San Francisco State Professor Roger Bland recorded 4,378 blue whale songs near Half Moon Bay, California using underwater microphones. He then analyzed their B calls or the second half of their long songs. His analysis showed all the B calls made by the whales were the same frequency of 16.02 Hertz, four octaves below middle C.
Bland said, “If whales are so super accurate in always calling at the exact same pitch, then it’s possible that they could be able to detect tiny shifts in other whales’ calls caused by the Doppler shift.” (Source: San Francisco State News)
The difference in pitches for the thousands of whale calls was only one half of one percent, which means the whales have “perfect pitch”. Normally this is a term applied to humans who can distinguish between tones and semi-tones to the degree they can hear and identify them all.
For blue whales it is thought their perfect pitch is something that could help them find mates. It is mainly males who produce the songs. Females could use their very sensitive sound detection to determine if the call is from a male whale moving toward or away from because sound pitch varies according to the speed of emitter. Known as the Doppler Shift, it is the effect of a pitch being higher when a sound is traveling toward a listener and lower when moving away.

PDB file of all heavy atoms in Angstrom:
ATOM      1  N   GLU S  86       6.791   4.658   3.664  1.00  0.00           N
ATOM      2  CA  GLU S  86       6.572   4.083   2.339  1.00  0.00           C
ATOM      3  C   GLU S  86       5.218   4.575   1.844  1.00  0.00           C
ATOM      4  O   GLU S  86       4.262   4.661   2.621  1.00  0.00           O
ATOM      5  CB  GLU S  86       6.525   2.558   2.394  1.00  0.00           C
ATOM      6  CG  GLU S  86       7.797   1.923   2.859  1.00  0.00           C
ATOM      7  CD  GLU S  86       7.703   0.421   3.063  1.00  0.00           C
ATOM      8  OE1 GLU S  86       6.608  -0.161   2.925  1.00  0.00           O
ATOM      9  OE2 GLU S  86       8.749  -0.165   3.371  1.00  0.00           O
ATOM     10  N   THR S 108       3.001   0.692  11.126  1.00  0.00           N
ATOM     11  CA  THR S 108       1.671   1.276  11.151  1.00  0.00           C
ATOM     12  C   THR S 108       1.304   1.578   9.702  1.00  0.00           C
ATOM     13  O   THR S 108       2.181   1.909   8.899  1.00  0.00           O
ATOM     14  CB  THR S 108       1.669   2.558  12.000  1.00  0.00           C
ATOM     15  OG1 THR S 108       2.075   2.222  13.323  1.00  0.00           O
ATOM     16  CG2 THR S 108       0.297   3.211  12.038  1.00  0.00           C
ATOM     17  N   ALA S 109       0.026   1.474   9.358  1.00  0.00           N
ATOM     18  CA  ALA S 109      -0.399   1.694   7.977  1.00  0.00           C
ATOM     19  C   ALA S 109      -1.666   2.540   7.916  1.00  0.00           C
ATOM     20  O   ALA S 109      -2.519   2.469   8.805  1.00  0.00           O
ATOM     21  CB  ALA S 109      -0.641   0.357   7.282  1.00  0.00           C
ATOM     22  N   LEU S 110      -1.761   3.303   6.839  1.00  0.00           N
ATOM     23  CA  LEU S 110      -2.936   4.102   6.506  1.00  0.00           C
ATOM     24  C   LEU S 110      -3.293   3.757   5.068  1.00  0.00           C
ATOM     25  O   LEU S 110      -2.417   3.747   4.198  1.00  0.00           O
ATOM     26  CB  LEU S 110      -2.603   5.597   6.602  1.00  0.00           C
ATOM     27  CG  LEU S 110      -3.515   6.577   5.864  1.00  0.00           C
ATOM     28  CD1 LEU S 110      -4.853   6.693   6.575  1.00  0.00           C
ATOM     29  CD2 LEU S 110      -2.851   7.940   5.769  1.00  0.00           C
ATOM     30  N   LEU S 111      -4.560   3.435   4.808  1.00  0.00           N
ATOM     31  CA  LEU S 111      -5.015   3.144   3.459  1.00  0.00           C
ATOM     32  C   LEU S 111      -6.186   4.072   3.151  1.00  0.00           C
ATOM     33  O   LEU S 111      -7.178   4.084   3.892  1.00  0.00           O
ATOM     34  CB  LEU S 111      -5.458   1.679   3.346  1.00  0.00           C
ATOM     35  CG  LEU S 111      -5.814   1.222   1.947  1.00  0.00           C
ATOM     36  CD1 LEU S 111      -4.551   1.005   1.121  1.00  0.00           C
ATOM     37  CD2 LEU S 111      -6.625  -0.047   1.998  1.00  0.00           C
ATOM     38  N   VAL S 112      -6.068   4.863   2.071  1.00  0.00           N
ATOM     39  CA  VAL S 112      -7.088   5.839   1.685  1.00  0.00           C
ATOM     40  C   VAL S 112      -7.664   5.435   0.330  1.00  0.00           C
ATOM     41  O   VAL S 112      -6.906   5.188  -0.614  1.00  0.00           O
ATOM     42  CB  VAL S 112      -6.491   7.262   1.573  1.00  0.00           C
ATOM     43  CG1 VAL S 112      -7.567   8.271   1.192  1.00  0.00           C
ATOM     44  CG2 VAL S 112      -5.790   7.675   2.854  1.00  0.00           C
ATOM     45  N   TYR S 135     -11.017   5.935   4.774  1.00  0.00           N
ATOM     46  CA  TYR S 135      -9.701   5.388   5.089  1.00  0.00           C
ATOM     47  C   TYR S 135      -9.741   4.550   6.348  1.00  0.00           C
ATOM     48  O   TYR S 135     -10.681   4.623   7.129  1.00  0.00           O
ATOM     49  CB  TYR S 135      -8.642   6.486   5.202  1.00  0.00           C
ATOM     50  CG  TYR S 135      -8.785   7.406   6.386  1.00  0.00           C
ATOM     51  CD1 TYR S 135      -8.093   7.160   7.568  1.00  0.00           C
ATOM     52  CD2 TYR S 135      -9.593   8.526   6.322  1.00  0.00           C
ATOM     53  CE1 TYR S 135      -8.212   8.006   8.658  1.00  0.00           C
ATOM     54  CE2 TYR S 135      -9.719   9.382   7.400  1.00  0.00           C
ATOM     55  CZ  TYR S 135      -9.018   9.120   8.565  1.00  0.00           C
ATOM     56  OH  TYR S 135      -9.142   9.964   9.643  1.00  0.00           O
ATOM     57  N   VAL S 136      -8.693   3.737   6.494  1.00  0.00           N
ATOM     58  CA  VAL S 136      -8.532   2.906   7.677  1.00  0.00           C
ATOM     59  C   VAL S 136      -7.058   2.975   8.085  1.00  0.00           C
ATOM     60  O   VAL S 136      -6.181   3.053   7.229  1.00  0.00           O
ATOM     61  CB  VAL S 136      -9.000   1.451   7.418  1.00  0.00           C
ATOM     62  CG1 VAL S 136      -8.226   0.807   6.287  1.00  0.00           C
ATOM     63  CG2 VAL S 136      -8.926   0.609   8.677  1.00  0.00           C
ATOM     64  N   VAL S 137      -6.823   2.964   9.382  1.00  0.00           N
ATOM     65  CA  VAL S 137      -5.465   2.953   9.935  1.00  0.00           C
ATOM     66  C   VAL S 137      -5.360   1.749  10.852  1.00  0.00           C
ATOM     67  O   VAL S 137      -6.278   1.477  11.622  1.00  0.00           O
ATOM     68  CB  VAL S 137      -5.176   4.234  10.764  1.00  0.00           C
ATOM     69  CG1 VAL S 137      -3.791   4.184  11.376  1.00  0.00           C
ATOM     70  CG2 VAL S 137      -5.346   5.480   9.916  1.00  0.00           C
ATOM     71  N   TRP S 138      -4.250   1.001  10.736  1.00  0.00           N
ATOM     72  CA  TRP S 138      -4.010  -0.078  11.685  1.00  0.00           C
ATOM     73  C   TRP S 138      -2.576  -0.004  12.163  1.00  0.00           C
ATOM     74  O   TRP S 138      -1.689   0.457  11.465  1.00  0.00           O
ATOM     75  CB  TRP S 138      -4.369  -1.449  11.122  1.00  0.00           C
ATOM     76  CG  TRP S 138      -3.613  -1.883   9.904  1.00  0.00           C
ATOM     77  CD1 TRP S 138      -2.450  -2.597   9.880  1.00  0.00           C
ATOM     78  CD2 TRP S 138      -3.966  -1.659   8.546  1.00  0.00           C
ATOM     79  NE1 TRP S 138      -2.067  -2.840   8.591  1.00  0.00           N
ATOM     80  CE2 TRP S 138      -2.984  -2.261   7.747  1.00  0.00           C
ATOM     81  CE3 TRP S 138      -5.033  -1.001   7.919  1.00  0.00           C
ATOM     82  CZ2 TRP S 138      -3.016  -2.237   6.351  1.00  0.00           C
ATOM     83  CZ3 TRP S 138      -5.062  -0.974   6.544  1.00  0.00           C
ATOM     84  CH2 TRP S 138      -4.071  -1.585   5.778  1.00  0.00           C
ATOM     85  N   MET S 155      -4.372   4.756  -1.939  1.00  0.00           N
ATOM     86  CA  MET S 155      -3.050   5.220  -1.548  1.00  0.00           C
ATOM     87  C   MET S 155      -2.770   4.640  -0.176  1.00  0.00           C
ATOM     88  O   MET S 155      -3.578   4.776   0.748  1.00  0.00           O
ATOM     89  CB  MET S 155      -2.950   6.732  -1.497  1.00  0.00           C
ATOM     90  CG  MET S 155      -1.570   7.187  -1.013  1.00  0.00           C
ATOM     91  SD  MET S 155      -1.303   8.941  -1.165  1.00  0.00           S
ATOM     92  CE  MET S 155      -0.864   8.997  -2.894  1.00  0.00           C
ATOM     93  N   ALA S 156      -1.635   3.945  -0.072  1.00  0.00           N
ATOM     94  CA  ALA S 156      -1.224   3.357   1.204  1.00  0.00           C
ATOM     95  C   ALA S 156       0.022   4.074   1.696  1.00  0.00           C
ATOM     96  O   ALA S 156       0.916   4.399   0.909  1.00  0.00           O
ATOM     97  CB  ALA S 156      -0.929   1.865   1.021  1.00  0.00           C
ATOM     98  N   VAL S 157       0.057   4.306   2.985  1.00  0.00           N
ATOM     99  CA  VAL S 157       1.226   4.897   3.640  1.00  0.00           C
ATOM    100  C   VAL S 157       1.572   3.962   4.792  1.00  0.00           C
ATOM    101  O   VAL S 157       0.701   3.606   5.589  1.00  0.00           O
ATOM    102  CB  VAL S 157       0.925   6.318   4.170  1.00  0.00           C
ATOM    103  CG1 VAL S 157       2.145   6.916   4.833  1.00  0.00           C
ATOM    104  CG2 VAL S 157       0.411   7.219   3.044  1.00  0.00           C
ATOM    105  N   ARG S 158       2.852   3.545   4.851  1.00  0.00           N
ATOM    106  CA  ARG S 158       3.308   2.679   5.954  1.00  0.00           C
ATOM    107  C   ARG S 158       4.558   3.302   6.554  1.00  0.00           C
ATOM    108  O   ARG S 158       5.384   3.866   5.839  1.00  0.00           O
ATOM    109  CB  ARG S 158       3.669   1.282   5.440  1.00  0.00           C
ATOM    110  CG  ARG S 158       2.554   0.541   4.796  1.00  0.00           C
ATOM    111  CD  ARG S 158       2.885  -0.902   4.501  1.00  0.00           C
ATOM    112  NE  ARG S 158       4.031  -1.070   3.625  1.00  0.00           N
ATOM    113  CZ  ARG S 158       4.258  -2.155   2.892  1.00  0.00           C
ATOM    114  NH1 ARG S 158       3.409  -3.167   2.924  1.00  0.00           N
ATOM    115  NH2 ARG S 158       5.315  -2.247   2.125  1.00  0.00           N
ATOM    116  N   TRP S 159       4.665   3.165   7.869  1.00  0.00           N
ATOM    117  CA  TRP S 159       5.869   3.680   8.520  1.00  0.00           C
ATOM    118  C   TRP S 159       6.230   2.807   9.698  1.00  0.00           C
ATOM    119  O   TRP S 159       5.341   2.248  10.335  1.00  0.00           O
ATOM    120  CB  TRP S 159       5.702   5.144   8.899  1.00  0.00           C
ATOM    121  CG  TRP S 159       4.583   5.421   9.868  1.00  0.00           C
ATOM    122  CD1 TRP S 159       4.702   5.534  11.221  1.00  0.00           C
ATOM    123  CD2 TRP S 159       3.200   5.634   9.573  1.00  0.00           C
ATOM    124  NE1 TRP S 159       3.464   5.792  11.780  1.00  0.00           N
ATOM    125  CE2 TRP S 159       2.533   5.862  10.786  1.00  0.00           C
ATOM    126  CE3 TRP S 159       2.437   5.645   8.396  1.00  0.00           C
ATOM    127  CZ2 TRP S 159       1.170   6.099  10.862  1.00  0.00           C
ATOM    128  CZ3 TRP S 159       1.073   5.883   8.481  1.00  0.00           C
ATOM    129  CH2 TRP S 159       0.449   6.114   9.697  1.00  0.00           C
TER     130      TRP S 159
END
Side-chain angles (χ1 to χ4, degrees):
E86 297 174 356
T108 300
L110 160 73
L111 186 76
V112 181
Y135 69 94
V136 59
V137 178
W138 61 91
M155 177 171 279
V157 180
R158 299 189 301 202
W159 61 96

Blue whale calls are two parts – an A call that is a series of pulses, and a B call which is a long sustained tone, sometimes called a moan. Professor Bland noted their pitch sensitivity allows them to stay connected through sound, “…like a choir singing together where they all mutually tune in to the same frequency.” (Source: MercuryNews.com) Here is a sound clip from his research.
Blue whales are the largest mammals in the world.
Image Credit: Public Domain